Virgin Orbit takes step closer to LauncherOne rocket launch

Share



Virgin’s satellite launch provider Orbit attached its LauncherOne rocket to a converted Boeing 747-400 on Sunday, as the company moves closer to its first flight.

Cosmic Girl, a converted Virgin Atlantic plane formerly used by passengers, took the 25,800kg rocket over southern California skies under its wing, acting as a “flying launch pad”.

The captive carry test is the latest step in Virgin Orbit’s aim to send its first LauncherOne rocket into space in early 2019, blasting satellites as small as a loaf of bread or as large as a household refrigerator, which could be used to provide internet access to remote areas or track weather.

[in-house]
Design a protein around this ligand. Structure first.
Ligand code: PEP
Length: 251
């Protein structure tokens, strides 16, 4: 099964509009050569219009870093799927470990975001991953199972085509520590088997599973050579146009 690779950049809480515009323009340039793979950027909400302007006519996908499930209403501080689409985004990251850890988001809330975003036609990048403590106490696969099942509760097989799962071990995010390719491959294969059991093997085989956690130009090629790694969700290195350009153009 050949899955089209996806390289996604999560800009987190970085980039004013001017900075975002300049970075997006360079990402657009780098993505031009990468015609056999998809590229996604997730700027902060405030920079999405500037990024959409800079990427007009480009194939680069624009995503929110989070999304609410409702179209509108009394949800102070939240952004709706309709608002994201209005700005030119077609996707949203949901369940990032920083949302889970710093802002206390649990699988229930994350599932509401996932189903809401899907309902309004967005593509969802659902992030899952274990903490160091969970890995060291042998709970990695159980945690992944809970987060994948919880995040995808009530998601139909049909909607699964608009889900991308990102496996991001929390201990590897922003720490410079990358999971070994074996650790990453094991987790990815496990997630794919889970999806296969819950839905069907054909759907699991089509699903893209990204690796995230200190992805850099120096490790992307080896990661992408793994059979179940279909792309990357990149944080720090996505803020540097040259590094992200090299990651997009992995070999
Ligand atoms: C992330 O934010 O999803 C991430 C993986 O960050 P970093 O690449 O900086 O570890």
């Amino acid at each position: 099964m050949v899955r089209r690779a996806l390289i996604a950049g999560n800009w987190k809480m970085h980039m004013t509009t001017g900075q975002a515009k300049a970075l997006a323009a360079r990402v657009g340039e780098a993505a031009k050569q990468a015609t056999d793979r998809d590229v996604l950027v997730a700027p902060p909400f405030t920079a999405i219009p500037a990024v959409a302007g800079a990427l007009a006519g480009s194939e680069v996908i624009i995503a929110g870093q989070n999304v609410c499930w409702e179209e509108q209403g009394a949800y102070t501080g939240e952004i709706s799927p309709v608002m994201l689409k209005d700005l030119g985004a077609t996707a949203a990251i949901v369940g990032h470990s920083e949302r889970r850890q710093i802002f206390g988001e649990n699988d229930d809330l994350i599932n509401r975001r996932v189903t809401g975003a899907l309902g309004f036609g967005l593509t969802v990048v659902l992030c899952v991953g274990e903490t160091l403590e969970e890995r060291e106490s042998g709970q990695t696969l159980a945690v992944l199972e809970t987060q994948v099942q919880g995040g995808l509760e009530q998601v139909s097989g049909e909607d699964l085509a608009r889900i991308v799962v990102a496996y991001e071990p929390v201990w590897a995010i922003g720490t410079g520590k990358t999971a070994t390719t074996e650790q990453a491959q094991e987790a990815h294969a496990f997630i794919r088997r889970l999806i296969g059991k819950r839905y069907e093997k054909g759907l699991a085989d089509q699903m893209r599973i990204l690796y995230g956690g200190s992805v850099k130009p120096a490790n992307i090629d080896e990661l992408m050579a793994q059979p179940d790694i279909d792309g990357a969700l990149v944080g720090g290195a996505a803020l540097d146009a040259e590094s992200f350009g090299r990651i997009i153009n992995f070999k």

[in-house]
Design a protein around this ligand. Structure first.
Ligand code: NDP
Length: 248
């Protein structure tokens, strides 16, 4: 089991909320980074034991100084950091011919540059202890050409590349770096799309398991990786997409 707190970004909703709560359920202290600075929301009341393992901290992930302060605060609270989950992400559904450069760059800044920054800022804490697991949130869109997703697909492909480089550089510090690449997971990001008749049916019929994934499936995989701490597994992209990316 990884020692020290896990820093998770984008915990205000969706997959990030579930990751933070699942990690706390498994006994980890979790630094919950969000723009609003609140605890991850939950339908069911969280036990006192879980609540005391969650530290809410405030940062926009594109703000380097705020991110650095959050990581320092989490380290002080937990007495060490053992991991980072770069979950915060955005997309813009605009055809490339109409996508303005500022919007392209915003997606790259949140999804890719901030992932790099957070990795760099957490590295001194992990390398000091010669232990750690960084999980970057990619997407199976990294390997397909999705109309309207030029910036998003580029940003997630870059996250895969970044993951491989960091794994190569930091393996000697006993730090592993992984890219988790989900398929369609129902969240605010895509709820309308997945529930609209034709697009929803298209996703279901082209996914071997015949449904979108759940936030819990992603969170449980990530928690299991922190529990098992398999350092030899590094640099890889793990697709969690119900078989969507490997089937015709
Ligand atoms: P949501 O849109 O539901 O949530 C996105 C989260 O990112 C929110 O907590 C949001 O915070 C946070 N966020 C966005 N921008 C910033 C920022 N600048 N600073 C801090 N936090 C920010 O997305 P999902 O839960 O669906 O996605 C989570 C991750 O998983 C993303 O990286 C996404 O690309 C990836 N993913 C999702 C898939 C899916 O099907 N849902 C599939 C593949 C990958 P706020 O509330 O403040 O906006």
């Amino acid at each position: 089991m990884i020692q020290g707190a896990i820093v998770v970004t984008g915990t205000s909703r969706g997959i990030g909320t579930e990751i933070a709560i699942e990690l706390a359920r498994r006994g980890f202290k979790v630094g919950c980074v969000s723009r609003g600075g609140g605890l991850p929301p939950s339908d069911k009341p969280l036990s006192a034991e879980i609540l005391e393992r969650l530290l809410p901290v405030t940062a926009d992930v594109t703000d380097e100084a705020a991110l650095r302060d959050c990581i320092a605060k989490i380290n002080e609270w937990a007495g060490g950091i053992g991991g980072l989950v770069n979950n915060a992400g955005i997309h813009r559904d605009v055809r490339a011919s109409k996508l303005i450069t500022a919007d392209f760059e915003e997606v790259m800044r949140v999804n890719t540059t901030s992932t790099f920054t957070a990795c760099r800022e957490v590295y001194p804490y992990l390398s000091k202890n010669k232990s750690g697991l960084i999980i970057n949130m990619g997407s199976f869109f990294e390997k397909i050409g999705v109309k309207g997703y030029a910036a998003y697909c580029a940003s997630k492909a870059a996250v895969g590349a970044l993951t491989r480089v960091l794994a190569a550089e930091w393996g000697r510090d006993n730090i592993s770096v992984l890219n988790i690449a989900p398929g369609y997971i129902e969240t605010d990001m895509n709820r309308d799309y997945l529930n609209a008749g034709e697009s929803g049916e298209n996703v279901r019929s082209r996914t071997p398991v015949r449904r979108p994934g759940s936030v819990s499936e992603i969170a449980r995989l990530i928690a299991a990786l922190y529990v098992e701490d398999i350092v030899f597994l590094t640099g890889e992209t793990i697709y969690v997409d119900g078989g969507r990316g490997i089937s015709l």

“I’ve been fortunate enough to spend time with the team on several occasions recently and see first-hand the progress being made,” Virgin Group founder Richard Branson said.

“There are many challenges to overcome ahead, but the excellent data and performance in all aspects of this latest test flight is really encouraging.”

Cosmic Girl serves as a launch pad for the LauncherOne, taking the rocket to an altitude of more than 30,000 feet, before thrusters send it off into outer space at speeds of 17,500mph, over 20 times the speed of sound.

LauncherOne test
LauncherOne is 70ft long, about the length of two London buses (Virgin/PA)

“The vehicles flew like a dream today,” said Virgin Orbit chief pilot Kelly Latimer.

“Everyone on the flight crew and all of our colleagues on the ground were extremely happy with the data we saw from the instruments on-board the aircraft, in the pylon, and on the rocket itself.

“From my perspective in the cockpit, the vehicles handled incredibly well, and perfectly matched what we’ve trained for in the simulators.”

Chris Price